Health Warning About Imported Products Containing Lead: A List
Imported Products With Lead
Living in New York City, we are constantly warned about the health hazards of lead poisoning. This is largely due to the old buildings and the lead-based paint used for decades.
But no one is immune from the many imported products that also contain lead. We bring these products into our home. Products like health remedies (see the list below of products banned in NYC and the U.S.), cosmetics, pottery, candies and we are all familiar with the endless recalls of jewelry, toys and other products aimed at children.
I cannot tell you how many times I've turned on the news and there is yet another warning about these products being pulled off the shelves here in the City - along with very serious warnings. Despite banning certain items listed here - often small neighborhood stores still sell them - that is, until an inspector shows up and gives out fines. This is often the result of investigative reporting at its best.
Why is Lead a Concern?
Lead is poison. This poisonous metal is known to damage the kidneys, reproductive system, nervous system and the brain. Additionally, lead causes learning and behavioral disabilities in children, as well as a delay in development and growth, and creates problems during pregnancy.
Children are most often poisoned by lead dust from peeling paint. But now many products making their way into the U.S. are known to contain lead and present yet another source of danger.
The New York City Department of Health and Mental Hygiene has created a very specific list of what to avoid.
1 - Remedies/Herbal Medicines - Herbal medicines from Latin America, China, India and the Middle East have been found to have very high levels of lead. Unfortunately, it may be hard to tell which products are safe and which are dangerous. The product may have lead even if it's not listed on the label.
Because of this several remedies have been banned for sale in New York City. You are advised not to use the following:
Emperor's Tea Pill
Lakshmivilash Ras (Nardiya)
Mahayogaraj Guggulu enriched with silver
2 - Cosmetics - Kohl, surma and kajal eye cosmetics from Pakistan, Bangladesh India and certain Middle Eastern countries contain high levels of lead and are banned for sale in the U.S. Children are especially at risk because they may touch the products and then put their hands in their mouth. Lead is also known to be absorbed through the eyes.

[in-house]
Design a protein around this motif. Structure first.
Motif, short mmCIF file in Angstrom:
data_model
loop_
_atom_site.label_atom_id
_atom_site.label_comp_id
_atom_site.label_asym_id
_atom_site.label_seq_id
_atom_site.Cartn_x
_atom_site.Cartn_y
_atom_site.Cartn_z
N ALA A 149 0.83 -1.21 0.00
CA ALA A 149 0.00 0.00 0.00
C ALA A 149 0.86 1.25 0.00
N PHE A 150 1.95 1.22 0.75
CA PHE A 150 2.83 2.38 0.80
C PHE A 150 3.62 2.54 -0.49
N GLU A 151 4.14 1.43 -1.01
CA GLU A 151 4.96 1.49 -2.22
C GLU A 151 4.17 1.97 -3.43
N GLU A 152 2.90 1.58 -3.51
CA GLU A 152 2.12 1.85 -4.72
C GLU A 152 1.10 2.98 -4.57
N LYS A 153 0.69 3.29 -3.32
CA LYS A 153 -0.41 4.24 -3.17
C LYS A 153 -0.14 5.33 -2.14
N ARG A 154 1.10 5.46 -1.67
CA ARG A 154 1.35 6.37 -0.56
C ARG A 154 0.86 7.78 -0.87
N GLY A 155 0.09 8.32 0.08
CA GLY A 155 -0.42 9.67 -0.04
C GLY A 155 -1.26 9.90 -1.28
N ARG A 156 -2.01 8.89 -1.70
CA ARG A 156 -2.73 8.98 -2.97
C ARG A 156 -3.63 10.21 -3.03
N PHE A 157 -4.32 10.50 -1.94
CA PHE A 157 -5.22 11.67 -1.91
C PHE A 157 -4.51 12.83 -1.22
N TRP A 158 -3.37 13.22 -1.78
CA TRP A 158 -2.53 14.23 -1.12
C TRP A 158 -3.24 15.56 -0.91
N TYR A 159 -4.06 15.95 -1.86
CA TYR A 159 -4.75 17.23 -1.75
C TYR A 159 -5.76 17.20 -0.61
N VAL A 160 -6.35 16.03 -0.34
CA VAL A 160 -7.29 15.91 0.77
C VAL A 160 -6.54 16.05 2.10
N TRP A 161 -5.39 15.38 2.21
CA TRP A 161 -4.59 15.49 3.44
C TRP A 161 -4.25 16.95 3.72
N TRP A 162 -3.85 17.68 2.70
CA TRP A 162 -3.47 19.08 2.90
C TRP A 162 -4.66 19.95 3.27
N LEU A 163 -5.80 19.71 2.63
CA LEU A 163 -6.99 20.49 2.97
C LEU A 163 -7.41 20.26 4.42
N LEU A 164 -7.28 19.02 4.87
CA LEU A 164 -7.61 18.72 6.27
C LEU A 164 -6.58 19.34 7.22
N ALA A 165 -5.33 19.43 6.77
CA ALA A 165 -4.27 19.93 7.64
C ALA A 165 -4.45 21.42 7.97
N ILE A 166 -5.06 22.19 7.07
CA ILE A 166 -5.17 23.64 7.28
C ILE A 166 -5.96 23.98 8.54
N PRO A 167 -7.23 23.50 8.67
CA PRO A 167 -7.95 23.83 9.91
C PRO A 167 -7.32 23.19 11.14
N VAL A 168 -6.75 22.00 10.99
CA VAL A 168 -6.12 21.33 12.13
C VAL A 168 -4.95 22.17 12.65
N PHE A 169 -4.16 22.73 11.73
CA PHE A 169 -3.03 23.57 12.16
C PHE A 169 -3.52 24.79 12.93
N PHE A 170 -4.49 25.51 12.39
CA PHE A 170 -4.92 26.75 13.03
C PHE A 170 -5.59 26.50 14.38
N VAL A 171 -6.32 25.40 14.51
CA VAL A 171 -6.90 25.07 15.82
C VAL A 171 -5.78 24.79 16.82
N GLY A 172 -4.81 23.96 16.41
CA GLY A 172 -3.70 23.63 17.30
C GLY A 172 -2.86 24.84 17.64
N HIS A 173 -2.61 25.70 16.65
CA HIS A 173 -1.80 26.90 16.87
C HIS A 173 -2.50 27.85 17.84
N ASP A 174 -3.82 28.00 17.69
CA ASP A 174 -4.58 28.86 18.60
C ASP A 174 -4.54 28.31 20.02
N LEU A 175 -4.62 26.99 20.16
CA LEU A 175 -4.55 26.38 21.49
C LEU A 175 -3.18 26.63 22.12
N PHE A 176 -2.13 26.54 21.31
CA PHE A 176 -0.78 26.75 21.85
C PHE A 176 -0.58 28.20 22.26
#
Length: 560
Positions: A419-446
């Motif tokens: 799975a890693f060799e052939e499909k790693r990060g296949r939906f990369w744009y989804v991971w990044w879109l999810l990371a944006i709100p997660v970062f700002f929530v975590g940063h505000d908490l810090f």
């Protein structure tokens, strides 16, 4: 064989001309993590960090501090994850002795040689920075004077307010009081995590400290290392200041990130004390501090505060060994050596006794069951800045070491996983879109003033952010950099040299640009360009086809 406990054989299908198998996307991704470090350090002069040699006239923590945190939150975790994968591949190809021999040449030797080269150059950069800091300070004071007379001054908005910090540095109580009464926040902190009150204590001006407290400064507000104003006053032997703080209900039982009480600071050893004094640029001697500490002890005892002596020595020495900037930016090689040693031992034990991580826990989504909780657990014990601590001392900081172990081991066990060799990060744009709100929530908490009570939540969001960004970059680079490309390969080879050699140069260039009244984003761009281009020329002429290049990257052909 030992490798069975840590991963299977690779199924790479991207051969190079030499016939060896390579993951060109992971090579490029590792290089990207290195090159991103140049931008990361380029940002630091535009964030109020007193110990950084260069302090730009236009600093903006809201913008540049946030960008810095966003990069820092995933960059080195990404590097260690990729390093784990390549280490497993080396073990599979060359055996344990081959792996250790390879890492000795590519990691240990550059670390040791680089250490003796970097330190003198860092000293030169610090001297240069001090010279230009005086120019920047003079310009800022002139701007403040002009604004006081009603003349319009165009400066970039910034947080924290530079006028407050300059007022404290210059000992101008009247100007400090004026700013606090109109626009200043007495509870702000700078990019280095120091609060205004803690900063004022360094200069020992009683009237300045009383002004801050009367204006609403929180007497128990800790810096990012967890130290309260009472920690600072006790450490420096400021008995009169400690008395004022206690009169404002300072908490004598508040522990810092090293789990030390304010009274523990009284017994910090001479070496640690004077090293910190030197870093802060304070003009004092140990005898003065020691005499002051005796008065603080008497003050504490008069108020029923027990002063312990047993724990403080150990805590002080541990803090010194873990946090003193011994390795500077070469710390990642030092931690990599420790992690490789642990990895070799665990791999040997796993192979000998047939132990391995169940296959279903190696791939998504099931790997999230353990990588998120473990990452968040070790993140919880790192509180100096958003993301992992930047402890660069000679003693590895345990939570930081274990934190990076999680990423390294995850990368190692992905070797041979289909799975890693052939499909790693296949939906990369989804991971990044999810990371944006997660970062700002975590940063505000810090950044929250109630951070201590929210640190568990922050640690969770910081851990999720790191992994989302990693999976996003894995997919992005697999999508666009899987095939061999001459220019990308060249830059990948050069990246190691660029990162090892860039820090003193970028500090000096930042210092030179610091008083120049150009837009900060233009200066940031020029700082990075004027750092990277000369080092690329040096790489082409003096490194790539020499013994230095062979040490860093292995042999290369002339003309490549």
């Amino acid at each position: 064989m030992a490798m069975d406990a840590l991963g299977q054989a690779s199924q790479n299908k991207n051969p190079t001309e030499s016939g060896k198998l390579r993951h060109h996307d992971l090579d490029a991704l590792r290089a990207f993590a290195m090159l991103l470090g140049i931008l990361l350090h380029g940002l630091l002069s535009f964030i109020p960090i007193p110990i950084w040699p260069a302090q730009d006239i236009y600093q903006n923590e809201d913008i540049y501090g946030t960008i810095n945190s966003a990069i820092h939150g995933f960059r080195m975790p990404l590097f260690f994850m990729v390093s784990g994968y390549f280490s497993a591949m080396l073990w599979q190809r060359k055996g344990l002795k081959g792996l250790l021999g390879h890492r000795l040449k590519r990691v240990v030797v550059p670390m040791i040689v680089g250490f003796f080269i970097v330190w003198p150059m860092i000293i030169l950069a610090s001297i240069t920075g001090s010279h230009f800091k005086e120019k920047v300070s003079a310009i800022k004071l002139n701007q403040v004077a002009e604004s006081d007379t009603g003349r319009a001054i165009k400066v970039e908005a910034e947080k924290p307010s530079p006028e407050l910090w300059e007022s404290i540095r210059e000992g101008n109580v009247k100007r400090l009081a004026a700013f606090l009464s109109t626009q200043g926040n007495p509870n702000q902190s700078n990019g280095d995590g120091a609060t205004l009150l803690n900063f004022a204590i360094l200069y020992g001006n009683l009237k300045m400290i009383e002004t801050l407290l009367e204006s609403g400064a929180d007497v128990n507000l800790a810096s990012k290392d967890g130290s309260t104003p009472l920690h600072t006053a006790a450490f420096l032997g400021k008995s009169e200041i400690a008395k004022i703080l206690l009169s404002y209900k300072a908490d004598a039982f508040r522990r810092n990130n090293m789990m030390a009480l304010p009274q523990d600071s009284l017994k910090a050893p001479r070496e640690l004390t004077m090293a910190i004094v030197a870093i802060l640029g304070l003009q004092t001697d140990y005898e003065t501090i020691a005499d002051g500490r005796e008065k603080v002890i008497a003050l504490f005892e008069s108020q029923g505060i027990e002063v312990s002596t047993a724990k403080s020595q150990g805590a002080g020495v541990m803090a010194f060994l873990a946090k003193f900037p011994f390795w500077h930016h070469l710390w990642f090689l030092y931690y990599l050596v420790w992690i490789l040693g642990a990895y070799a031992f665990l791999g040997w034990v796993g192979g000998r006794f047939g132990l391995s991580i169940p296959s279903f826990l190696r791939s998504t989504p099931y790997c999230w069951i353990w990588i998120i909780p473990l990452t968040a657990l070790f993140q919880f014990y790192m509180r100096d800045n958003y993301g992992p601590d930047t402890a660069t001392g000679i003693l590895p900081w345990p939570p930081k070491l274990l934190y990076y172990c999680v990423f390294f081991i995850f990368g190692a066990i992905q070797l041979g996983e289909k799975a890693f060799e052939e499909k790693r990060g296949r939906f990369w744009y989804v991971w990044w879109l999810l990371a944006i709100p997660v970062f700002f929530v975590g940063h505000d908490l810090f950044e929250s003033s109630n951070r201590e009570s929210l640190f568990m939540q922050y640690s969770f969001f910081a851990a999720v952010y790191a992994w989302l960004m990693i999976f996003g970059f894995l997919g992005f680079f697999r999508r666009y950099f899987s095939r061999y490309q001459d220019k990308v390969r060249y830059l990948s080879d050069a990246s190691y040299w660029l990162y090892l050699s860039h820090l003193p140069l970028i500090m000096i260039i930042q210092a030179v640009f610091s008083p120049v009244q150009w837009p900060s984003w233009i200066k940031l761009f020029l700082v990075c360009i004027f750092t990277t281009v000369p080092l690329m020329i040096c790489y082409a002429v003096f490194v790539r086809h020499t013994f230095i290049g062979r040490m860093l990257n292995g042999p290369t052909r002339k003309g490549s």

Another product is known as Sindoor. This is a red powder that also contains high levels of lead. It should never be used in food and always kept away from children.
3 - Pottery/Dishes - Those lovely decorative pottery pieces including plates, bowls, tea pots, covered jars, etc. also contain high levels of lead. Lead is in the paints and glazes used for the fancy decorations. This pottery comes from different Asian and Latin American countries.
Food should never be cooked, stored or served in pottery from the above-mentioned countries.
4 - Candy - The latest warning is about Mexican candies and I remember this warning on the news. While most of the candy is believed to be safe, there are some that contain lead and those are especially the ones flavored with chili powder. Lead is sometimes found in the candy wrappers - and this may get into the candy. Tamarind candies sold in clay pots also contain lead. It is recommended that you avoid these candy and snack products:
Tamarind Candy (in clay pots)
5 - Children's Toys, Jewelry etc. - Recalls about these products are endless. Lead is found in the metal and plastic parts of jewelry, in paint and toys, on vinyl lunch boxes and many other imported products aimed specifically for children. Many products are from China. Children who put their hands and the toys in their mouth, of course are at greatest risk. Additionally, many of these products create a choking hazard. It's important to know about recalls and you can do so by checking the website for the US Consumer Product Safety Commission. Often these items are sold at the so-called 99cent stores.
Thousands of these products containing lead have been recalled. Be careful if you shop at thrift stores because sometimes these products have been donated. I've seen notices in thrift shop windows asking people not to bring in recalled items - the stores are not permitted to sell them.
What should you do if you have used these products?
The Health Department recommends that:
- you stop using them
- have a blood lead test
Warning: Children with lead poisoning often do not feel or look sick. The only way to know if your child has lead poisoning is through a lead blood test.
- in New York City, if you do not have a doctor, call 311 for assistance.
Keep in mind too, that if you are planning to do a home demolition or any type of renovation, many of the products previously used to make these products are also toxic - such as lead in paint - and the dust is a hazard. (See link below about the health hazards of home demolitions and renovations)
Also see links below for healthy home/living suggestions:
- Health Hazards of Home Demolitions and Renovations
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